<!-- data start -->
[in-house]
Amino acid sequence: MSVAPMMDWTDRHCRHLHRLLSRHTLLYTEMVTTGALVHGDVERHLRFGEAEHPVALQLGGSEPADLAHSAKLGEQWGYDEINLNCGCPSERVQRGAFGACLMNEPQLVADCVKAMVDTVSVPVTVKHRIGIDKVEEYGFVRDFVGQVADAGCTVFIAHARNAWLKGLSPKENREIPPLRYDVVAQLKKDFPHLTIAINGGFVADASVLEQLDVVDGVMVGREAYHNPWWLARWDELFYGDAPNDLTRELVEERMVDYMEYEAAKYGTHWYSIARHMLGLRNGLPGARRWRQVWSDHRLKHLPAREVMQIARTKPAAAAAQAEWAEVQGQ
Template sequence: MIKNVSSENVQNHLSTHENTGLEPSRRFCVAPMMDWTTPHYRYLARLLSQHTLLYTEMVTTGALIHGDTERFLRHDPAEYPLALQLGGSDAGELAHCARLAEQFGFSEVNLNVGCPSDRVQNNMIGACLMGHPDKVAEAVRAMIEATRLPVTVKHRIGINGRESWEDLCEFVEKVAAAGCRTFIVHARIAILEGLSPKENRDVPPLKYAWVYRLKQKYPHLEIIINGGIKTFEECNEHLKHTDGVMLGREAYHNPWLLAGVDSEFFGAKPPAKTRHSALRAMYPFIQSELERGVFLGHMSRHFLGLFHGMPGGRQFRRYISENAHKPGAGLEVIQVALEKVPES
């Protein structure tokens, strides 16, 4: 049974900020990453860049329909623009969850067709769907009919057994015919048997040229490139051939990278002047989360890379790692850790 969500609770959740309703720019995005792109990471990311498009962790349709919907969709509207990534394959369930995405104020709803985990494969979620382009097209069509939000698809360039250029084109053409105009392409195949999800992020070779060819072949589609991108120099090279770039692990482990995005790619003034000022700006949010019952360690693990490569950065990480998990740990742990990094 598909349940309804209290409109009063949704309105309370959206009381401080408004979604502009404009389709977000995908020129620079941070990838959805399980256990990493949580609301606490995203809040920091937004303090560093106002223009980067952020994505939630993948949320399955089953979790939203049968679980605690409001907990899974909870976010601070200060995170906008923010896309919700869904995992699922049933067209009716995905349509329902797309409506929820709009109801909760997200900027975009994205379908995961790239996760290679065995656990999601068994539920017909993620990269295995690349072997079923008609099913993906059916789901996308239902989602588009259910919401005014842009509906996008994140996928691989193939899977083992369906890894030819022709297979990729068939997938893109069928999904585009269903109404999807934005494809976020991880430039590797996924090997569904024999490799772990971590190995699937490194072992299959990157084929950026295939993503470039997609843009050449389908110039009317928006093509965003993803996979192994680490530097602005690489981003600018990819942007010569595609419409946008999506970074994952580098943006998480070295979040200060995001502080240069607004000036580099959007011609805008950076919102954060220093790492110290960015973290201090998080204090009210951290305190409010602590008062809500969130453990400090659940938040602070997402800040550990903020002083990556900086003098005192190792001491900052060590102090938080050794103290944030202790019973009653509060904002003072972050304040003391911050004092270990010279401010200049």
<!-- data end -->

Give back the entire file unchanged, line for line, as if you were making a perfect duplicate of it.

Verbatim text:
[in-house]
Amino acid sequence: MSVAPMMDWTDRHCRHLHRLLSRHTLLYTEMVTTGALVHGDVERHLRFGEAEHPVALQLGGSEPADLAHSAKLGEQWGYDEINLNCGCPSERVQRGAFGACLMNEPQLVADCVKAMVDTVSVPVTVKHRIGIDKVEEYGFVRDFVGQVADAGCTVFIAHARNAWLKGLSPKENREIPPLRYDVVAQLKKDFPHLTIAINGGFVADASVLEQLDVVDGVMVGREAYHNPWWLARWDELFYGDAPNDLTRELVEERMVDYMEYEAAKYGTHWYSIARHMLGLRNGLPGARRWRQVWSDHRLKHLPAREVMQIARTKPAAAAAQAEWAEVQGQ
Template sequence: MIKNVSSENVQNHLSTHENTGLEPSRRFCVAPMMDWTTPHYRYLARLLSQHTLLYTEMVTTGALIHGDTERFLRHDPAEYPLALQLGGSDAGELAHCARLAEQFGFSEVNLNVGCPSDRVQNNMIGACLMGHPDKVAEAVRAMIEATRLPVTVKHRIGINGRESWEDLCEFVEKVAAAGCRTFIVHARIAILEGLSPKENRDVPPLKYAWVYRLKQKYPHLEIIINGGIKTFEECNEHLKHTDGVMLGREAYHNPWLLAGVDSEFFGAKPPAKTRHSALRAMYPFIQSELERGVFLGHMSRHFLGLFHGMPGGRQFRRYISENAHKPGAGLEVIQVALEKVPES
């Protein structure tokens, strides 16, 4: 049974900020990453860049329909623009969850067709769907009919057994015919048997040229490139051939990278002047989360890379790692850790 969500609770959740309703720019995005792109990471990311498009962790349709919907969709509207990534394959369930995405104020709803985990494969979620382009097209069509939000698809360039250029084109053409105009392409195949999800992020070779060819072949589609991108120099090279770039692990482990995005790619003034000022700006949010019952360690693990490569950065990480998990740990742990990094 598909349940309804209290409109009063949704309105309370959206009381401080408004979604502009404009389709977000995908020129620079941070990838959805399980256990990493949580609301606490995203809040920091937004303090560093106002223009980067952020994505939630993948949320399955089953979790939203049968679980605690409001907990899974909870976010601070200060995170906008923010896309919700869904995992699922049933067209009716995905349509329902797309409506929820709009109801909760997200900027975009994205379908995961790239996760290679065995656990999601068994539920017909993620990269295995690349072997079923008609099913993906059916789901996308239902989602588009259910919401005014842009509906996008994140996928691989193939899977083992369906890894030819022709297979990729068939997938893109069928999904585009269903109404999807934005494809976020991880430039590797996924090997569904024999490799772990971590190995699937490194072992299959990157084929950026295939993503470039997609843009050449389908110039009317928006093509965003993803996979192994680490530097602005690489981003600018990819942007010569595609419409946008999506970074994952580098943006998480070295979040200060995001502080240069607004000036580099959007011609805008950076919102954060220093790492110290960015973290201090998080204090009210951290305190409010602590008062809500969130453990400090659940938040602070997402800040550990903020002083990556900086003098005192190792001491900052060590102090938080050794103290944030202790019973009653509060904002003072972050304040003391911050004092270990010279401010200049």